Under the ADA, the dog must already be trained before it can be taken into public places. However, some State or local laws cover animals that are still in training.Americans with Disabilities Act Frequently Asked Questions
Arizona service dog in training law
However, according to service dog laws in Arizona state specifically, it is not legal to deny a service dog in training (SDiT) from a public place. So, anywhere the general public is allowed or invited to go must permit a service dog in training, just the same as a fully trained service dog. If the service animal in training causes any damage, the animal trainer is responsible.
G. Any trainer or individual with a disability may take an animal being trained as a service animal to a public place for purposes of training it to the same extent as provided in subsections A, B and D of this section.Arizona Code
Questions Staff May Ask
Sometimes it’s obvious that someone is using a service dog because of a disability, like when you see a guide dog helping someone with a vision disability to cross a busy street in rush hour. Or perhaps when you see a person using a service dog for balance and stability.
But sometimes it isn’t obvious.
While staff at businesses and other “covered entities” may not ask personal questions, especially about a disability, there are two specific questions that you can ask to someone who is using a service dog when it’s not obvious what the dog does. They are:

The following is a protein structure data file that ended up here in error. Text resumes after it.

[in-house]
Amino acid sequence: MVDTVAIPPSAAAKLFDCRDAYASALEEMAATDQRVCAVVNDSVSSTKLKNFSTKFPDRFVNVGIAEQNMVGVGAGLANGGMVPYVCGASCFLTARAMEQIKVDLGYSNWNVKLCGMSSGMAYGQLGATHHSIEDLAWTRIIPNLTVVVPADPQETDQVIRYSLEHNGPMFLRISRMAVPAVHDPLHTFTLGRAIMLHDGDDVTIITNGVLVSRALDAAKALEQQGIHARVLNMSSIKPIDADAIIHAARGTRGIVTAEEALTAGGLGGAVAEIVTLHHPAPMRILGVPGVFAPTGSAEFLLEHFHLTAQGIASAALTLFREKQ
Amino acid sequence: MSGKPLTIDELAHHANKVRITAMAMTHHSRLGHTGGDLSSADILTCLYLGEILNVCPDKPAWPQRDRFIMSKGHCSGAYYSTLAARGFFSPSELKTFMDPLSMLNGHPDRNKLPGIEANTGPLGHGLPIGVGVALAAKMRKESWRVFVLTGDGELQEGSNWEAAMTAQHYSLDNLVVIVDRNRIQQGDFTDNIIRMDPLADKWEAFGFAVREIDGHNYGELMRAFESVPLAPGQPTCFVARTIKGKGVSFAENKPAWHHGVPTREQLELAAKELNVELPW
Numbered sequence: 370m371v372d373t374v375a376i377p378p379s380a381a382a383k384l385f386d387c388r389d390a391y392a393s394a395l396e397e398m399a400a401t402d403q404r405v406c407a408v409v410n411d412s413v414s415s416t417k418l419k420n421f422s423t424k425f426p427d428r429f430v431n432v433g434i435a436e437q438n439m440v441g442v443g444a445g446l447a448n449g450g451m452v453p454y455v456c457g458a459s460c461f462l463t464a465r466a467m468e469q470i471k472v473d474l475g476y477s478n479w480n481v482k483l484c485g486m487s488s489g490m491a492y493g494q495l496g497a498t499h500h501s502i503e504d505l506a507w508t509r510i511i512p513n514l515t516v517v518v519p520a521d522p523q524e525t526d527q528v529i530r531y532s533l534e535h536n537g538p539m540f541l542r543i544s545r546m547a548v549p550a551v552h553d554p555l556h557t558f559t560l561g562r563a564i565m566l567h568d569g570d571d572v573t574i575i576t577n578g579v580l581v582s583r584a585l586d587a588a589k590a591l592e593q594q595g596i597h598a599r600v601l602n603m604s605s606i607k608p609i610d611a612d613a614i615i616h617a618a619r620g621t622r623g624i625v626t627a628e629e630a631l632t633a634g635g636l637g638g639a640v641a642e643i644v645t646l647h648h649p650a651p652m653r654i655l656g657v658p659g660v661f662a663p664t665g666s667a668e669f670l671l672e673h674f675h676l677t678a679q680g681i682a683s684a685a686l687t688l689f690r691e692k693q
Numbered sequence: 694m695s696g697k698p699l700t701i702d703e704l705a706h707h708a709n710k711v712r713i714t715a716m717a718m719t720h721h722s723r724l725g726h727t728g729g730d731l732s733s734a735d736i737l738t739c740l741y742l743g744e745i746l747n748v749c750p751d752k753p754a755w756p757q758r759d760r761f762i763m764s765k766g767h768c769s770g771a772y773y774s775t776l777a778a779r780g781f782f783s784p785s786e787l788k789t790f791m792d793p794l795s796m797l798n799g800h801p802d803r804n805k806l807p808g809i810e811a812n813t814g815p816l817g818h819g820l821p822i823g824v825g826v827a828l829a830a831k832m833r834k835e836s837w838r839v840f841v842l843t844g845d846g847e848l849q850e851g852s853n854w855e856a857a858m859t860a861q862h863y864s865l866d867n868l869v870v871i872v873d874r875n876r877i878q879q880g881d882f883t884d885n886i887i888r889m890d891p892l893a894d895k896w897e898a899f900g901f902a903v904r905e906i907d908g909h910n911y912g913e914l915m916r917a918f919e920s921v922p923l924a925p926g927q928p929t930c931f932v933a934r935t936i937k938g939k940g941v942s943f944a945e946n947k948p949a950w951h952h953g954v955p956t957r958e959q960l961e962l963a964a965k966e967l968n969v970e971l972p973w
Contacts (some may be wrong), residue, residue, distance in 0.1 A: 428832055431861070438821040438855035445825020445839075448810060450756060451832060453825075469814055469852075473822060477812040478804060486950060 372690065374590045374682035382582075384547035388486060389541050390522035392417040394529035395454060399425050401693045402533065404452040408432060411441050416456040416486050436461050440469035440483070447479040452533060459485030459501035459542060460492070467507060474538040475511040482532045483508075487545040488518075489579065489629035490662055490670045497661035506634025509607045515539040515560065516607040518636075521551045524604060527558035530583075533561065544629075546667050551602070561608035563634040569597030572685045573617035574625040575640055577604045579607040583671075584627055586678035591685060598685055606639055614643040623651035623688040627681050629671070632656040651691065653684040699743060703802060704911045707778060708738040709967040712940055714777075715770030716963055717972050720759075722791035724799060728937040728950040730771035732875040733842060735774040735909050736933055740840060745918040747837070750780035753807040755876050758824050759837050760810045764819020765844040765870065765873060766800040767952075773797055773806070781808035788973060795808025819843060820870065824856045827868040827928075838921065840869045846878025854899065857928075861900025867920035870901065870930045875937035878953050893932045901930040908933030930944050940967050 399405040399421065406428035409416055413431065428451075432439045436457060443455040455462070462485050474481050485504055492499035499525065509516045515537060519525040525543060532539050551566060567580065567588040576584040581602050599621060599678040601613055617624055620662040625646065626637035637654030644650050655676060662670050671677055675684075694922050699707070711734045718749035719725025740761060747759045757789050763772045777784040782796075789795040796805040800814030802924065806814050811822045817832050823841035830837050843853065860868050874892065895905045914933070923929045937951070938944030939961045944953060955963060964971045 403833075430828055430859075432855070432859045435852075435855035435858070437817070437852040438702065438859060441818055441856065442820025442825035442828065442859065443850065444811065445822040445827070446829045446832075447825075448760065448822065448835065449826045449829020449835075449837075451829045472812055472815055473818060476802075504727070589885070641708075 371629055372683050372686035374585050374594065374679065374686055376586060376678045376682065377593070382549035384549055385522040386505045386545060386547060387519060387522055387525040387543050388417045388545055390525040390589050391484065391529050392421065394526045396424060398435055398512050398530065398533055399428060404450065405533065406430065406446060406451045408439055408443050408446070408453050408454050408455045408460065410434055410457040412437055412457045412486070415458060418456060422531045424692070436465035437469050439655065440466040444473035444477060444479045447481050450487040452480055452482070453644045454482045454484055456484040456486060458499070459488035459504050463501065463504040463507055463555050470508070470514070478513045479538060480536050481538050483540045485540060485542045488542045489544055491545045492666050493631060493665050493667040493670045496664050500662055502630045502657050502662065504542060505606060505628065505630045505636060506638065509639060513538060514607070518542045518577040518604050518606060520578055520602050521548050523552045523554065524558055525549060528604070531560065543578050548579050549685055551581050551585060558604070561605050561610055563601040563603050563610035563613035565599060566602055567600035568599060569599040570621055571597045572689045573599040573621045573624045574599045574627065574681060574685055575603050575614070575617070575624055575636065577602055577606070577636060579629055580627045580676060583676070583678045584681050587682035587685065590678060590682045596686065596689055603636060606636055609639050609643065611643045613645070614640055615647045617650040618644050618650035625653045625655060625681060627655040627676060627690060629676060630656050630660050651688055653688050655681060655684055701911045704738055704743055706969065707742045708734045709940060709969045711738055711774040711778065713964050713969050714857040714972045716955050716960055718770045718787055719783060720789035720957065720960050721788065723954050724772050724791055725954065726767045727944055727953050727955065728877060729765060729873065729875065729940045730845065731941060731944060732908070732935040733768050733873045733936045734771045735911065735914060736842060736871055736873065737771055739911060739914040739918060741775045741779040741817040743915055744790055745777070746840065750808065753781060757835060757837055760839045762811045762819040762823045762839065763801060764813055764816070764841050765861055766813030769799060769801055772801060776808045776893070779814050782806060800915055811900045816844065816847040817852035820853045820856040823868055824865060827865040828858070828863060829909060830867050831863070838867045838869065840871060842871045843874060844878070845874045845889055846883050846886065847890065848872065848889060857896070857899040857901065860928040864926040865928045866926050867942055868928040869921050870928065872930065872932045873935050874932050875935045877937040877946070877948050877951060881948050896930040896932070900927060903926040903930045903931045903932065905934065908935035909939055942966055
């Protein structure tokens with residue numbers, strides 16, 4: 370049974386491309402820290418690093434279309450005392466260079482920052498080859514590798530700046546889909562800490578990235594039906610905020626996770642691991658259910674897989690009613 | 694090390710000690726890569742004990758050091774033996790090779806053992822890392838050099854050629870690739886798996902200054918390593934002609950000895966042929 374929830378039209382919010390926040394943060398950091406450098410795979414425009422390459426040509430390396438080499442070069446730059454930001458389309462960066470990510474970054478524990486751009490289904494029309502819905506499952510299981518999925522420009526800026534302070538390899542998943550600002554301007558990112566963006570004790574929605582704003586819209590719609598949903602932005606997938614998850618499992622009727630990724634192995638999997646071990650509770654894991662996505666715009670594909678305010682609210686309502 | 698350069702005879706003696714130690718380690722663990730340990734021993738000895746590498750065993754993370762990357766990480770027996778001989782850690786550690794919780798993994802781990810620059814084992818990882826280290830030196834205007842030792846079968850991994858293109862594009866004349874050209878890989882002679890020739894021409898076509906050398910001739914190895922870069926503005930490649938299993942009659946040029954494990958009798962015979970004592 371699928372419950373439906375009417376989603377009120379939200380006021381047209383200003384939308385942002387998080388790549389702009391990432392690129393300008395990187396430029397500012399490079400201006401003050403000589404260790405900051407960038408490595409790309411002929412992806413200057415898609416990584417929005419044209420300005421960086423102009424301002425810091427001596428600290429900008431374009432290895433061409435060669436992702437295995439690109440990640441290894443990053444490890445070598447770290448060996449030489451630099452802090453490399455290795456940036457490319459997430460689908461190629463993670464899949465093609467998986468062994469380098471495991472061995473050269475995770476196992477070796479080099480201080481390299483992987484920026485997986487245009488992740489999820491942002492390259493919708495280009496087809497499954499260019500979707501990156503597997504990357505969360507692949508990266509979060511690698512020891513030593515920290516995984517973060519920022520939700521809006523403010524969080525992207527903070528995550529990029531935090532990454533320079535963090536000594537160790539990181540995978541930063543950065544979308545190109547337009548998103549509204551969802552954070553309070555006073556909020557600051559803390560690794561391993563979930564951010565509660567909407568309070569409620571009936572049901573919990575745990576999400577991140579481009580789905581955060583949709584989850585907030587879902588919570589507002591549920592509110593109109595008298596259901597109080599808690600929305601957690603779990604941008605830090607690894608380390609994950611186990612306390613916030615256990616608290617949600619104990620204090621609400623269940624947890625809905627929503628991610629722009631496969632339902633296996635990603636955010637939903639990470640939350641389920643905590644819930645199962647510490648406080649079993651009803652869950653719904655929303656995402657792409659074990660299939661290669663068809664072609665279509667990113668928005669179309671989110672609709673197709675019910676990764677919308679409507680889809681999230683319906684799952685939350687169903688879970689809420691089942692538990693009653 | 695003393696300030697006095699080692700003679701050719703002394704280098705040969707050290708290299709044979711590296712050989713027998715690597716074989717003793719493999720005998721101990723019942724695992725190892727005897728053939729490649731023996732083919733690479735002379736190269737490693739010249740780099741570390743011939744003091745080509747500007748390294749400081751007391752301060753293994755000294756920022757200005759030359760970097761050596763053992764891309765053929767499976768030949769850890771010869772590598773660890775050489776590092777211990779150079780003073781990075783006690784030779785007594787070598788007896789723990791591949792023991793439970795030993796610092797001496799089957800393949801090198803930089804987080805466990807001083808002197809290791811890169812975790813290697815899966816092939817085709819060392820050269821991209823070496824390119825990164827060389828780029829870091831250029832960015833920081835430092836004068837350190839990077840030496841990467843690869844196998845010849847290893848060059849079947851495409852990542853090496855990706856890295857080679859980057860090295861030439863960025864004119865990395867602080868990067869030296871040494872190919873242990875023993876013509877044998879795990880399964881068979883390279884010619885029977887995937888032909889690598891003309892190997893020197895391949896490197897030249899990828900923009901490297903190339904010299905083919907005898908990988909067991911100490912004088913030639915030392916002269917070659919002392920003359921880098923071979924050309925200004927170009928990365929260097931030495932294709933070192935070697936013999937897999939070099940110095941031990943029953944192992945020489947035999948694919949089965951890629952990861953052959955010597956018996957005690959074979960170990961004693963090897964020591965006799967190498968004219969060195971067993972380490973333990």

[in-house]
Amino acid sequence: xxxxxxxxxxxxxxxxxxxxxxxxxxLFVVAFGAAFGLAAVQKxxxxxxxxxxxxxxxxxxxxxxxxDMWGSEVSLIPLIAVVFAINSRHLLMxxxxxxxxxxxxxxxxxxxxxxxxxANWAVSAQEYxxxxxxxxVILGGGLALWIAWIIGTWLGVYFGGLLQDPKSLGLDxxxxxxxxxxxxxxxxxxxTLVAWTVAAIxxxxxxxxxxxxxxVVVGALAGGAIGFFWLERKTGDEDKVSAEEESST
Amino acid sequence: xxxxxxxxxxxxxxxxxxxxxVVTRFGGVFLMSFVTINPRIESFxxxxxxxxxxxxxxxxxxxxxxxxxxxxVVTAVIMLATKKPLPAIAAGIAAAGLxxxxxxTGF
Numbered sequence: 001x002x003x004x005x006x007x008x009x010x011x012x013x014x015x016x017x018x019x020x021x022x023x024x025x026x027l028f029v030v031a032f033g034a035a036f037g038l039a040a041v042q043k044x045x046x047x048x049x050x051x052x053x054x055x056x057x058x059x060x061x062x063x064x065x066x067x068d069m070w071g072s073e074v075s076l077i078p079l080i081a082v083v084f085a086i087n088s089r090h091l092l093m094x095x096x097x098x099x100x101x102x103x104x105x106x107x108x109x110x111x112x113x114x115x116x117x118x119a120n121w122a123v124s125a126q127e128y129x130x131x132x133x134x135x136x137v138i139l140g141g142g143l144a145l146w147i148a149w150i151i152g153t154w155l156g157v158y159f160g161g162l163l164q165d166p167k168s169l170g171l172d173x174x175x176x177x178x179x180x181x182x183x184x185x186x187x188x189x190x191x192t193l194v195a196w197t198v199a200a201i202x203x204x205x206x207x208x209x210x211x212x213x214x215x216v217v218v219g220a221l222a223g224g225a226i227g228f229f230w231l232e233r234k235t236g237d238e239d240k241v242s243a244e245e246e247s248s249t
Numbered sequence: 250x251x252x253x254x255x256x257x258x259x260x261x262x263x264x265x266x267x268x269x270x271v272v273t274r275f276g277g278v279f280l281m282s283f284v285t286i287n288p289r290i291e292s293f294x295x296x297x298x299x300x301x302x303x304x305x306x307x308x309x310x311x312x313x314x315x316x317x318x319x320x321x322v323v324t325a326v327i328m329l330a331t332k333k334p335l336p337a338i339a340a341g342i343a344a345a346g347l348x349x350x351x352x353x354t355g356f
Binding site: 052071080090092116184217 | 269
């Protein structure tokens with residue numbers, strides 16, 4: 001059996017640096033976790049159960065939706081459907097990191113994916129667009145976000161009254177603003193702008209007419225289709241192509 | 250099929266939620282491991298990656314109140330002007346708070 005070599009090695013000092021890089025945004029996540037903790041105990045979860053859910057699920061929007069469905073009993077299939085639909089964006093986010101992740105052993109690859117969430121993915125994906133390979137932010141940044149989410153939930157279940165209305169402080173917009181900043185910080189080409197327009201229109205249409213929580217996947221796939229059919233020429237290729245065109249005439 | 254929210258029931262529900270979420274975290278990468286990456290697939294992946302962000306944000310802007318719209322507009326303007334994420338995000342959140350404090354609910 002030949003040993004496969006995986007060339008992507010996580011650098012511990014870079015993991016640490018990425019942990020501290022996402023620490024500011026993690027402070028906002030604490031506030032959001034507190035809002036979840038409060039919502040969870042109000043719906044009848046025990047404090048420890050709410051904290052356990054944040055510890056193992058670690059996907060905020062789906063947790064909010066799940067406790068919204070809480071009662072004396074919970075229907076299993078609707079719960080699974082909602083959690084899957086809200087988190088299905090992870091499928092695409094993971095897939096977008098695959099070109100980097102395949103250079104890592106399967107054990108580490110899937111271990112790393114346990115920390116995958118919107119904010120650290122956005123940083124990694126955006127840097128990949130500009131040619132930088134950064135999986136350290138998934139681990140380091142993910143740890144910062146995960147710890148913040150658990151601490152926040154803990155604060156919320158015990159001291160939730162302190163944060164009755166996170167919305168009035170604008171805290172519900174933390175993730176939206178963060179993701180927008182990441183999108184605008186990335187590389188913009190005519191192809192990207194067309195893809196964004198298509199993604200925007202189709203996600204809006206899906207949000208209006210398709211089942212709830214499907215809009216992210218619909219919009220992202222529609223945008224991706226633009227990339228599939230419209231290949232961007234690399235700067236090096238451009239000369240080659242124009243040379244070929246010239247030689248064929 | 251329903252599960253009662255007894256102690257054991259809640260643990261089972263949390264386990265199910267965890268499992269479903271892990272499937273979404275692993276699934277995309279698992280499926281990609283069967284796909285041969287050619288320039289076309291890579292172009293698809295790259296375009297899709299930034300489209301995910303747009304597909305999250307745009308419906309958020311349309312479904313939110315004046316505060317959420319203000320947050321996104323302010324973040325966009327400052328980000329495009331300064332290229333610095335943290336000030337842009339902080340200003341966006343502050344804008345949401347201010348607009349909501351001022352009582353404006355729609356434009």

(1) Is the animal a service animal required because of a disability?
(2) What work or task has the animal been trained to perform?
Staff may not do any of the following:
- Request any paperwork, evidence, or documentation for the animal
- Require that the animal demonstrate its task or work
- Ask questions about the nature of someone’s disability
- Read more on our blog: Federal ADA Service Dog Laws – Easy Guide & FAQ (Public access rights that are the same for all states).
Service Dog Identification – Service Dog Laws in Arizona
Let’s talk about service dog identification. As in, do service dogs need to wear a vest, a special identification tag, a collar, or a special harness or patch as part of service dog laws in Arizona?
The answer to this is simply no
Service dog laws in Arizona under Arizona state law, as well as under the ADA or Americans with Disabilities Act laws, do not require these special animals to wear any of the above. And yes, this might make it hard to tell a “regular” dog from a service dog, at times, especially considering many disabilities are invisible, but this is just the way it is.